Canadian Geographic
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The first Earth-observation satellite was a weather satellite called TIROS 1 (Television and Infra-Red Observation Satellite), launched from Cape Canaveral on April 1, 1960.


Observing the earth from hundreds of kilometres above its surface provides a unique perspective. We can watch huge weather systems move from province to province; and we can use our home computers to zoom in on freely available satellite photos of just about any point on the globe. In fact, there are more than 100 satellites currently in orbit whose primary purpose is to observe the Earth and its atmosphere, not including military surveillance satellites. These satellites use a variety of tools – cameras, radars, infrared sensors – to obtain information about what is happening on land, in the oceans, and in the atmosphere.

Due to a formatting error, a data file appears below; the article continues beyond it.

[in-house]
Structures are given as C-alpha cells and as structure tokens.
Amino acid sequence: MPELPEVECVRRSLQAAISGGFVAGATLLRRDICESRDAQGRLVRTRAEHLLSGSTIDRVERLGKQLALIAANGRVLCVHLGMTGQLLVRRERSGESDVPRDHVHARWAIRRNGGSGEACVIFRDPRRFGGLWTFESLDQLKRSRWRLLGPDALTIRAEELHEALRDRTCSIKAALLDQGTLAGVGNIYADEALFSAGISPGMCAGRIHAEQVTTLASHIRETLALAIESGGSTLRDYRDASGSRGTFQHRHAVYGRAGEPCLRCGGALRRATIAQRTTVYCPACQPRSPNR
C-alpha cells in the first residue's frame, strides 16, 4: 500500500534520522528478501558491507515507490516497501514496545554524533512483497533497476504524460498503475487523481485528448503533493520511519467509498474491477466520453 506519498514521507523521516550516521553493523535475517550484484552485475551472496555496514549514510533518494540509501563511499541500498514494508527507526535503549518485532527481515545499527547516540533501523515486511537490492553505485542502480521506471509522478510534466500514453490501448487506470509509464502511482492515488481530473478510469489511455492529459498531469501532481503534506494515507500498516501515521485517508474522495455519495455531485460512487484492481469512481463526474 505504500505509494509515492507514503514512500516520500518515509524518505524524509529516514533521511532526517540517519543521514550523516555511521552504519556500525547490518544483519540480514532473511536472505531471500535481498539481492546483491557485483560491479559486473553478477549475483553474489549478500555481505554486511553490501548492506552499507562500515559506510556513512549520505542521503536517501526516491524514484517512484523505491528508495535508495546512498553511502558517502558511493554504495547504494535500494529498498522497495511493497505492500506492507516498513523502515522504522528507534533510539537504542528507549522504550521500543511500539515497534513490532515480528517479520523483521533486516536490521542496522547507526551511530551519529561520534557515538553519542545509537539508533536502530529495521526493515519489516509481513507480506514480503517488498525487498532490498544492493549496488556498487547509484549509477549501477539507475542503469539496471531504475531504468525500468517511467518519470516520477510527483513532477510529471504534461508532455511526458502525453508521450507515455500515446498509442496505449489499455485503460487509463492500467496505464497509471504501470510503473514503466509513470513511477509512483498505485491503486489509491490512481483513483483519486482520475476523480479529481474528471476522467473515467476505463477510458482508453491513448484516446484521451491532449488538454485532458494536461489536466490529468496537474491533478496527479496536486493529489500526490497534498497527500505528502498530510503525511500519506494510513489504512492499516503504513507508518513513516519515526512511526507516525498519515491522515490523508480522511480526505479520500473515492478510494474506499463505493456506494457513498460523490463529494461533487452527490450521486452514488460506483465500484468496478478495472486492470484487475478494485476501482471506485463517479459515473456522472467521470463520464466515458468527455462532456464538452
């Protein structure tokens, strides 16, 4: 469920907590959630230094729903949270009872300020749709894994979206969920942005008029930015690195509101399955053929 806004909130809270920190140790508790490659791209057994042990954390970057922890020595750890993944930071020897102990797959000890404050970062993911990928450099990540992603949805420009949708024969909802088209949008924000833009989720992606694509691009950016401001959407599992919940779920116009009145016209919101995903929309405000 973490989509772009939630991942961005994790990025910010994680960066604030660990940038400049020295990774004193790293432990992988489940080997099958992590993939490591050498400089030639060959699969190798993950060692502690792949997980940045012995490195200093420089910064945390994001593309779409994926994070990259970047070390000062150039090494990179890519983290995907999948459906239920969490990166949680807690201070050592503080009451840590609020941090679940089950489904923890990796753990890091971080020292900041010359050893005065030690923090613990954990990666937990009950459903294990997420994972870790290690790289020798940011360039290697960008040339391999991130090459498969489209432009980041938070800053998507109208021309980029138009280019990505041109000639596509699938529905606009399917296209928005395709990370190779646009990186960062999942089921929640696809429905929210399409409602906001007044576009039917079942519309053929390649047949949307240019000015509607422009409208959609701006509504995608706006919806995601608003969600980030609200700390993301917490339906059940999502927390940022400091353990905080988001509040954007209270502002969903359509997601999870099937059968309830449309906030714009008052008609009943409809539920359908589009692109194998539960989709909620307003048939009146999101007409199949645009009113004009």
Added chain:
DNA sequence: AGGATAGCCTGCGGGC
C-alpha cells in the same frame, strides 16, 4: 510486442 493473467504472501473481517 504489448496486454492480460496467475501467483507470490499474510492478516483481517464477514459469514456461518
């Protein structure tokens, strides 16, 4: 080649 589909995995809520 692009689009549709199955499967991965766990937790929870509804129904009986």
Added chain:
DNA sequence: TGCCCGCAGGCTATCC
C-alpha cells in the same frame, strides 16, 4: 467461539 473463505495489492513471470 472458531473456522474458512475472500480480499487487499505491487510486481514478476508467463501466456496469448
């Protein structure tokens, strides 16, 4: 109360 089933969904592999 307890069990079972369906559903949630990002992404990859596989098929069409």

Canada’s vast territory and the remoteness of its northern lands make satellites a particularly valuable tool. As polar ice continues to melt, Canadian satellites like RADARSAT-1 and RADARSAT-2 are playing a crucial role in monitoring changes to the environment, as well as ensuring the safety of ships travelling through northern waters. Elsewhere, satellites are used in tasks that range from detecting oil spills to mapping different kinds of land use, tracking the erosion of coastlines, and coordinating rescue operations.

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Quiz :

What are the two basic types of sensor used in earth-observation satellites?

Green and red
Active and passive
High and low